Is the Navy totally at sea?
The U.S. Navy is adrift in unfriendly seas. Befuddled by tough choices, dogged by inadequate training and crippled by poor judgment, our sea service is ill-prepared to meet its greatest challenges since World War II.
Look at the forces lining up against it: A bellicose China that threatens Taiwan and the entire Western Pacific, as well as a resurgent Russia, bent on claiming the entire melting polar region as its own. Our Navy appears to drift from shoal to shore, pursuing strategies and tactics that seem obsolete from the day they are implemented. From fleet design to basic training, our admirals and senior civilian leaders are behaving in ways reminiscent of Jimmy Breslin’s “The Gang that Couldn’t Shoot Straight.”
The most egregious examples, of course, involved two destroyers stationed in the Pacific. In separate incidents in 2017, each collided with a merchant ship in what were clearly avoidable accidents. A total of 17 sailors lost their lives, and investigations by the Navy and journalists concluded that the collisions stemmed from inadequate training combined with understaffed and overworked crews.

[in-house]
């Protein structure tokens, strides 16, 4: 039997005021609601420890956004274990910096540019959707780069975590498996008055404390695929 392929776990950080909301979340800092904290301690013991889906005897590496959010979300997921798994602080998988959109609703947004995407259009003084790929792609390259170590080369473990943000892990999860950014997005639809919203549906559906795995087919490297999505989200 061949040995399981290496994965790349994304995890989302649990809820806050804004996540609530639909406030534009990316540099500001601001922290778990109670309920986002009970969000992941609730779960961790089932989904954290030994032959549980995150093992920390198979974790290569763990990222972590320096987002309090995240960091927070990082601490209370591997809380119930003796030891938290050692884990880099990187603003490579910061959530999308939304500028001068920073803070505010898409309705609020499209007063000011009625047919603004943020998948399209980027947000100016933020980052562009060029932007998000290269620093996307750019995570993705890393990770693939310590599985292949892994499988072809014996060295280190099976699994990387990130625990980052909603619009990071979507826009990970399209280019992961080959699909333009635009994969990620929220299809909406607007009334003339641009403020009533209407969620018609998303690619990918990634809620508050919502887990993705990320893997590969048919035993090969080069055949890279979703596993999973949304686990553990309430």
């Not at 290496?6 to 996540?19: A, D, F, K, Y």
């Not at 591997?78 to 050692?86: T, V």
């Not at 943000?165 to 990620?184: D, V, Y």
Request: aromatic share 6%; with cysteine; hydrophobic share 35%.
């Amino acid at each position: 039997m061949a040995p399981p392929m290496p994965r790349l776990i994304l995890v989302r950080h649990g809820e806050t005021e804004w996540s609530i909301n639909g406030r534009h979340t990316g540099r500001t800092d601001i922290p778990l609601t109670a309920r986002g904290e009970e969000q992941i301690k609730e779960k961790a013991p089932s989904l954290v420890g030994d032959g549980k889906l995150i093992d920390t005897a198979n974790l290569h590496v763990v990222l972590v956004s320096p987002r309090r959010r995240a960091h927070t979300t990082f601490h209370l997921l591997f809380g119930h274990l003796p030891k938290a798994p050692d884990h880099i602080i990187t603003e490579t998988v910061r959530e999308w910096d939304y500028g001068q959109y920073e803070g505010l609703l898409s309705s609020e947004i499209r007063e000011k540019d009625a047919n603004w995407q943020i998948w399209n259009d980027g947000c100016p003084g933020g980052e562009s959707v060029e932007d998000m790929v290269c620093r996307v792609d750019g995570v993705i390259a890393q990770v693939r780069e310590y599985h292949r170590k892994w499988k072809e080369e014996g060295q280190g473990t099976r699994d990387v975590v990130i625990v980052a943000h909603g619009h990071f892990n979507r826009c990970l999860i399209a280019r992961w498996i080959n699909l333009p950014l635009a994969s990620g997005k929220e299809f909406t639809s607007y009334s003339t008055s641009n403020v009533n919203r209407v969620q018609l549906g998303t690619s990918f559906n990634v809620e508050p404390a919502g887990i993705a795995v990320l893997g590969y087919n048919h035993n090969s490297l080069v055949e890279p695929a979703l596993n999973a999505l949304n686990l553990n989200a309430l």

A more recent study commissioned by Sen. Tom Cotton (R-Ark.) reaffirmed those findings and illuminated a problem that was even more insidious: a “paralyzing zero-defect mentality” that pervades the Navy. One mistake, and an officer’s career is over. (The Cotton Report noted that had such a culture existed prior to World War II, four of America’s greatest admirals — Chester Nimitz, William Halsey, Ernest King and William Leahy — never would have risen past the rank of captain, and never would have helped lead us to victory at sea.)